Interview Question: What Do You Know About This Industry?
How to Answer Interview Question: What Do You Know About This Industry?
Do you know enough about the industry you are working in? This is one of the questions that you may need to answer in an interview.
While some interview questions are tricky and not straightforward, this question is as clear as they come. It is nothing short of an interviewer’s attempt to drill a candidate, trying to know how well-versed they are in industry affairs.
Fortunately, we have prepared a list of the best ways to approach this question. Likewise, what to avoid when answering this question is all in this guide.
Why Do Interviewers Ask This Question?
To test your knowledge of the industry.
In general, those who know a lot about the industry they are in perform better at their jobs. The knowledge they have of the industry sets them apart from others. Also, it opens their eyes to other aspects of what the job entails that the average professional wouldn’t bother to look at.
Indeed, employees who have broader industry knowledge and experience are more dynamic, knowing the latest trends in the industry. Also, the knowledge they have of the industry makes them look more into the future and make better short-term and long-term decisions. Although the candidate benefits the most from their knowledge of the industry, their employers will also share some of the spoils.
To know how much of the role you understand.
The average employee who develops a keen interest in the affairs of the industry as a whole performs better. They know better than their peers about what the job entails. Some employees hardly know the significance of other departments in their organization. Likewise, some don’t fully understand the process and implications of the duties they perform.
Profound knowledge of the industry takes much research and additional time invested in industry appreciation. For this reason, employers ask this question to be sure that candidates understand their roles better than the average employee.
To see whether you are driven by a passion for the job.
Having a commendable knowledge of the industry takes a lot of work. While your peers end every discussion about work as soon as they walk out of the office building, you don’t. Industry enthusiasts continue the conversation and research when they get home. This act is a combination of commitment and passion.
People who do this are most likely driven by their love for the job and industry as a whole. From reading journals to subscribing to paid newsletters, these candidates make sacrifices no one asks of them just to keep up with the industry. To employers, only a few traits are as admirable as this. This is also why you might hear an interviewer ask you about your knowledge of the industry.
To determine the correlation between your resume and your responses.
Sometimes candidates shoot themselves in the foot by introducing self-harming exaggerations to their resumes. More often than not, the interview questions expose them while their answers betray them also. To find out about the authenticity of some of the claims in a candidate’s resume, this question could be asked.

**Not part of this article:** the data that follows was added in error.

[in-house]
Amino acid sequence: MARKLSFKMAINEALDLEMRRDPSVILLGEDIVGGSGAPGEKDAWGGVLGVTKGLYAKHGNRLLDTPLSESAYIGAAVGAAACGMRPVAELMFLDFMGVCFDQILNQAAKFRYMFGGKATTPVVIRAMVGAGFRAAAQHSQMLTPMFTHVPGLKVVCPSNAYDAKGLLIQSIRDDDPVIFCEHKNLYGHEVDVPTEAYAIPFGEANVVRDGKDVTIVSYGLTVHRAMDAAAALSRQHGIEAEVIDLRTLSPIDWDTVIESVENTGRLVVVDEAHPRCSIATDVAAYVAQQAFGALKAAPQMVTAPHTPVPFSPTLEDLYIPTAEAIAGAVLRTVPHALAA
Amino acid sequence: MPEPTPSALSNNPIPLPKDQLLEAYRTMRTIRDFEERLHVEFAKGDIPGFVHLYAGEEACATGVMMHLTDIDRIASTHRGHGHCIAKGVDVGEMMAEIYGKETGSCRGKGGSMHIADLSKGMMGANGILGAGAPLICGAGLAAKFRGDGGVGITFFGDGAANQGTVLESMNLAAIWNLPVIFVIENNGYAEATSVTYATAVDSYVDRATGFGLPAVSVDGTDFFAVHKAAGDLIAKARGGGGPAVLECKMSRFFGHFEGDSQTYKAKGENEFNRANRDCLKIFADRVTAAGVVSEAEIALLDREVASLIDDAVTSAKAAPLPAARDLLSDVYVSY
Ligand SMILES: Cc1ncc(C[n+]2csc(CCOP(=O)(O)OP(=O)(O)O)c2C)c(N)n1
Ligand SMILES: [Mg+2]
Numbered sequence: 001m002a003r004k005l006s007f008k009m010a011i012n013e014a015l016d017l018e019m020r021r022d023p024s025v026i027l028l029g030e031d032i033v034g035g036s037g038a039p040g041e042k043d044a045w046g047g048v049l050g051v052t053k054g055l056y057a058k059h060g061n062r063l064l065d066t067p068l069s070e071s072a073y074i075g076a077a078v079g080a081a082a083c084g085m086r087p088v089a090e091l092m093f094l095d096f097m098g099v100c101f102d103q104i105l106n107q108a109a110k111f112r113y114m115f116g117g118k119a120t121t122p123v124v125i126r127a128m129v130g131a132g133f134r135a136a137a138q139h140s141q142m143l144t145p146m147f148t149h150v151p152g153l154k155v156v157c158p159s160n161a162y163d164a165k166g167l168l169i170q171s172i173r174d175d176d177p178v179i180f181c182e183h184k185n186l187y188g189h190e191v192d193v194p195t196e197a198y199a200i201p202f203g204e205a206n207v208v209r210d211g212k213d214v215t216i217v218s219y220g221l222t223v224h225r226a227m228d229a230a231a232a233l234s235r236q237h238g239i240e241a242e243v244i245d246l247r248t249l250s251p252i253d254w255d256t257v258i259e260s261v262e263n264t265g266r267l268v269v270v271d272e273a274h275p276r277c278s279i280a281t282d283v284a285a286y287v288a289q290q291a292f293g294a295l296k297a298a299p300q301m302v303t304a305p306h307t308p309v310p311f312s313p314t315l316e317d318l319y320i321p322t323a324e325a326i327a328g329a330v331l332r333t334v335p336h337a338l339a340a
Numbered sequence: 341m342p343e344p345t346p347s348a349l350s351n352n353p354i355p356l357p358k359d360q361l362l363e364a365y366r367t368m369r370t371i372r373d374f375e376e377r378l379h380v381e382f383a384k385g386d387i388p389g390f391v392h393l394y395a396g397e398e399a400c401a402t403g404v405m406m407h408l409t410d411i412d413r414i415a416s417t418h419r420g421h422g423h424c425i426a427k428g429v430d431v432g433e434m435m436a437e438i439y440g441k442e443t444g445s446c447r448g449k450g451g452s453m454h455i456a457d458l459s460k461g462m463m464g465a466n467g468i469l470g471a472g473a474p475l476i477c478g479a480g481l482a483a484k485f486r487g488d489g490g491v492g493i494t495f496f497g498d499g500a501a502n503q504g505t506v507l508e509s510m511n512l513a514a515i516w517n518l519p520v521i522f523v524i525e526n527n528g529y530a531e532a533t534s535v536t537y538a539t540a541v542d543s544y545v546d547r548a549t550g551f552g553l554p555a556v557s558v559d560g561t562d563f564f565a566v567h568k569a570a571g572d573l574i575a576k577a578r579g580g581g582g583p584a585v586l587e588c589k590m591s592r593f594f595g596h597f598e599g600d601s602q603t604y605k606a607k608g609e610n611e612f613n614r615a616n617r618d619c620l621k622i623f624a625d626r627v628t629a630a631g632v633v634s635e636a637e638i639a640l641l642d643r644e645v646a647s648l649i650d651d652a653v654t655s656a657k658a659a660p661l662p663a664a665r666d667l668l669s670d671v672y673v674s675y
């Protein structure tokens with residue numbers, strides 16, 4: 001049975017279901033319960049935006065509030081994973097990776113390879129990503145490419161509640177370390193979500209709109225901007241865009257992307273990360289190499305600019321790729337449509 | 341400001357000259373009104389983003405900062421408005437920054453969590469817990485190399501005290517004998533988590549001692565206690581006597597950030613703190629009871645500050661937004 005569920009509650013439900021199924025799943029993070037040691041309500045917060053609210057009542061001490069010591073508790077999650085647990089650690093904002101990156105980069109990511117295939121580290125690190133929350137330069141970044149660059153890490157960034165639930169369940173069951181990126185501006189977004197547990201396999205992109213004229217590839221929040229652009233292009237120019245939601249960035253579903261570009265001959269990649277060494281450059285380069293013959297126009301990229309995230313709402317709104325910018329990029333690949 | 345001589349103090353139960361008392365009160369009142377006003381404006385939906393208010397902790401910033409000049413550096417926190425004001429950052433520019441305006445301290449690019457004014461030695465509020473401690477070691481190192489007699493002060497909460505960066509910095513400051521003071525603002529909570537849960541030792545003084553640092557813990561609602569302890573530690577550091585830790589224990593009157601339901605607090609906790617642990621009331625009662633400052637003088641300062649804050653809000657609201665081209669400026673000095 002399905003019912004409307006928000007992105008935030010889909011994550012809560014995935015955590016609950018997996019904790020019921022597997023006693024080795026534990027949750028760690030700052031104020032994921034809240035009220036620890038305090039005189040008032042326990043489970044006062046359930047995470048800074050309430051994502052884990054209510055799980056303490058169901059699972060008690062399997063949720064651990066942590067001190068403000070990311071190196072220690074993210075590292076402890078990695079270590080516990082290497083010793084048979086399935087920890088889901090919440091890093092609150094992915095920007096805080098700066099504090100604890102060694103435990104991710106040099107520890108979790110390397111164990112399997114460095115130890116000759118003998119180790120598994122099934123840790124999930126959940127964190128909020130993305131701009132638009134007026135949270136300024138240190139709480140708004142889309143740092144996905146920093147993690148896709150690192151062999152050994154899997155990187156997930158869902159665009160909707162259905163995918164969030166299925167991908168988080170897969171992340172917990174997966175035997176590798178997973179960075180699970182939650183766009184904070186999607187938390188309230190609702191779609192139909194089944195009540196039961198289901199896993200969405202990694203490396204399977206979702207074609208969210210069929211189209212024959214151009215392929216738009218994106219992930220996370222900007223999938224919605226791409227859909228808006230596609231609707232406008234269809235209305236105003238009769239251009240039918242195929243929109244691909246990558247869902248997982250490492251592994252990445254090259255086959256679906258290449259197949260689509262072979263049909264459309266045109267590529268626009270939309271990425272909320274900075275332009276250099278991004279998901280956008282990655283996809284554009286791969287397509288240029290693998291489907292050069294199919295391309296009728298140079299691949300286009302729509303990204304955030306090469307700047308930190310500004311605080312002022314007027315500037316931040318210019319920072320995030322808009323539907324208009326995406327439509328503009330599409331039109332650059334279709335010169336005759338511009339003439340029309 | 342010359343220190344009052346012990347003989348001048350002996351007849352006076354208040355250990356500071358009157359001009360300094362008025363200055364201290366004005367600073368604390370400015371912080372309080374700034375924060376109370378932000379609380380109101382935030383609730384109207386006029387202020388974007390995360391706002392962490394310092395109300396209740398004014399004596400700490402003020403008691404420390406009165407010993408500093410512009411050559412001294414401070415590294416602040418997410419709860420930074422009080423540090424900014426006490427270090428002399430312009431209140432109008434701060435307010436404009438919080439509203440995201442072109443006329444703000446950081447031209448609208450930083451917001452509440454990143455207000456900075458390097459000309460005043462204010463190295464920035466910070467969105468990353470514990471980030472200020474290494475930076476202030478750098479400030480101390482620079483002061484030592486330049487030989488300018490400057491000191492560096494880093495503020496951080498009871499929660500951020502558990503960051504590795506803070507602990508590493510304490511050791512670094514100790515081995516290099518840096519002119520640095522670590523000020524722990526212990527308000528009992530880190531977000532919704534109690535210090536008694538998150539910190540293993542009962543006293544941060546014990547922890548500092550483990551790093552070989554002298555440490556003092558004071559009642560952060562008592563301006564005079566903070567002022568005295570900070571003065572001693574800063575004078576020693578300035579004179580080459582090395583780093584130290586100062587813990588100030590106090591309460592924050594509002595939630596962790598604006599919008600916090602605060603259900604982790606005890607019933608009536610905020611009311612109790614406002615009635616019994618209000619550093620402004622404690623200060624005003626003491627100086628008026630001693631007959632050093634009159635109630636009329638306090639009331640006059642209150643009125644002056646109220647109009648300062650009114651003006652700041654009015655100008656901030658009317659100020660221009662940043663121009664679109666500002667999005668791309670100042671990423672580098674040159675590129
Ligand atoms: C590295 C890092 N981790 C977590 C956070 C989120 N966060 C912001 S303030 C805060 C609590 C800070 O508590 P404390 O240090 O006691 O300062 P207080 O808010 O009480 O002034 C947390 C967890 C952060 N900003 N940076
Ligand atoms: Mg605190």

As the candidate begins to speak about his or her industry knowledge, the interviewer goes through their resumes. If they find out that some information does not add up, they could raise further questions. Before a candidate knows it, the interview could become an interrogation.
To know if you are a fast or willing learner.
Knowing much about the industry has everything to do with actively learning. Industry knowledge in all its richness does not fall on a person’s lap. Only those who are interested in learning more about where they make a living get the adequate knowledge they crave. From reading to attending industry meetings and workshops, the earnest professional learns the ropes.
The determination to understand more about the industry is a positive trait every employer would want their candidate to possess. It shows how much the candidate is willing to learn. Anyone eager to learn is most likely teachable. Employers know that they would be spending company funds to train employees in the long run. It is gratifying for employers is spending money on employees who love to learn.
How to Answer the Question
Show your knowledge of the past
Knowledge in any sense should either relate to the present, future, or the past. In the same way, when you start talking about your industry knowledge, take a look back in time. Remind the interviewer of the history that binds every organization within the industry. This history forms the basis on which the present progressive methods of operating in the industry are built.
From the founding principles that have been modified to industry practices that are still in use, mention the terms. In about two sentences, use your knowledge of the past as an introduction to your next point.
Talk about the recent developments in the industry
After making an introduction to the answer with a walk down “memory lane”, the next point should refer to the recent industry developments. There must have been a series of growth and progression from old ways to more efficient methods in use today. Mention these recent developments.
For instance, if the most reliable software or tools used by professionals in the industry have been surpassed by a new one, name it. Also, if the leaders of industry associations and bylaws have changed, explain the transition. The most relatable developments in the industry are the ones that are ushering the industry into a new era. Mentioning them briefly would highlight the vast knowledge of the industry you have acquired.
Mention the trailblazers in the industry
Throughout history, men and women of immense skill, vision, and undeniable success have shaped every industry from art to engineering. The average employee mainly pays attention to the task given to them and knowing the founding fathers matters less. However, when a candidate mentions the names of trailblazers in the industry, it speaks volumes of his or her knowledge.